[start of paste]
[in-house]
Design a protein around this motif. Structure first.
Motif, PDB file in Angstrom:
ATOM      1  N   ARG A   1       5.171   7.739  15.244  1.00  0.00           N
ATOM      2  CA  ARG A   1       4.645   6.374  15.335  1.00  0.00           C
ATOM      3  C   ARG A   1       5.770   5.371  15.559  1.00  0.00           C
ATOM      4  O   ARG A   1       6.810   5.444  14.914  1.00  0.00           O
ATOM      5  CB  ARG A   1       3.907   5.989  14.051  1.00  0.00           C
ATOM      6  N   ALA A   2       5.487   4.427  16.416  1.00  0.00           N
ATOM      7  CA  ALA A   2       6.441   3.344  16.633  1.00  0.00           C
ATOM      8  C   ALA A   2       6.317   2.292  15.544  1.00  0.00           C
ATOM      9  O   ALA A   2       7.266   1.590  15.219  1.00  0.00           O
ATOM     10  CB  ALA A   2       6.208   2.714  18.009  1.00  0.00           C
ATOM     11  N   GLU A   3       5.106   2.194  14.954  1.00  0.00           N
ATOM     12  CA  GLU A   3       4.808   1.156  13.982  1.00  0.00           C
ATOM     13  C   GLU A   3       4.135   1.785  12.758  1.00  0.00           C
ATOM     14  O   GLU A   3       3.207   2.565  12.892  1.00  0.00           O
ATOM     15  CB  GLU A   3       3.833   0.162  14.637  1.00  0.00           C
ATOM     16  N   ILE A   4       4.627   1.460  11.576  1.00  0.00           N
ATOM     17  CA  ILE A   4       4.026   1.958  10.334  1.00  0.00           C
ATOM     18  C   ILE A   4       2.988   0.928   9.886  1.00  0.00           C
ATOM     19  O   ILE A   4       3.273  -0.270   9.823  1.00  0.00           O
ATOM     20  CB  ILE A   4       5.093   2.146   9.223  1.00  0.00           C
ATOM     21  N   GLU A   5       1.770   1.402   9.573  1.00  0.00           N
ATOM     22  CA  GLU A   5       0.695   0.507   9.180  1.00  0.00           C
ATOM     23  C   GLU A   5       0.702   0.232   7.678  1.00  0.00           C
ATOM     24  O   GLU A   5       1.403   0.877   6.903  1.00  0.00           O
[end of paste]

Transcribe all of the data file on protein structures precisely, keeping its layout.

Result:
[in-house]
Design a protein around this motif. Structure first.
Motif, PDB file in Angstrom:
ATOM      1  N   ARG A   1       5.171   7.739  15.244  1.00  0.00           N
ATOM      2  CA  ARG A   1       4.645   6.374  15.335  1.00  0.00           C
ATOM      3  C   ARG A   1       5.770   5.371  15.559  1.00  0.00           C
ATOM      4  O   ARG A   1       6.810   5.444  14.914  1.00  0.00           O
ATOM      5  CB  ARG A   1       3.907   5.989  14.051  1.00  0.00           C
ATOM      6  N   ALA A   2       5.487   4.427  16.416  1.00  0.00           N
ATOM      7  CA  ALA A   2       6.441   3.344  16.633  1.00  0.00           C
ATOM      8  C   ALA A   2       6.317   2.292  15.544  1.00  0.00           C
ATOM      9  O   ALA A   2       7.266   1.590  15.219  1.00  0.00           O
ATOM     10  CB  ALA A   2       6.208   2.714  18.009  1.00  0.00           C
ATOM     11  N   GLU A   3       5.106   2.194  14.954  1.00  0.00           N
ATOM     12  CA  GLU A   3       4.808   1.156  13.982  1.00  0.00           C
ATOM     13  C   GLU A   3       4.135   1.785  12.758  1.00  0.00           C
ATOM     14  O   GLU A   3       3.207   2.565  12.892  1.00  0.00           O
ATOM     15  CB  GLU A   3       3.833   0.162  14.637  1.00  0.00           C
ATOM     16  N   ILE A   4       4.627   1.460  11.576  1.00  0.00           N
ATOM     17  CA  ILE A   4       4.026   1.958  10.334  1.00  0.00           C
ATOM     18  C   ILE A   4       2.988   0.928   9.886  1.00  0.00           C
ATOM     19  O   ILE A   4       3.273  -0.270   9.823  1.00  0.00           O
ATOM     20  CB  ILE A   4       5.093   2.146   9.223  1.00  0.00           C
ATOM     21  N   GLU A   5       1.770   1.402   9.573  1.00  0.00           N
ATOM     22  CA  GLU A   5       0.695   0.507   9.180  1.00  0.00           C
ATOM     23  C   GLU A   5       0.702   0.232   7.678  1.00  0.00           C
ATOM     24  O   GLU A   5       1.403   0.877   6.903  1.00  0.00           O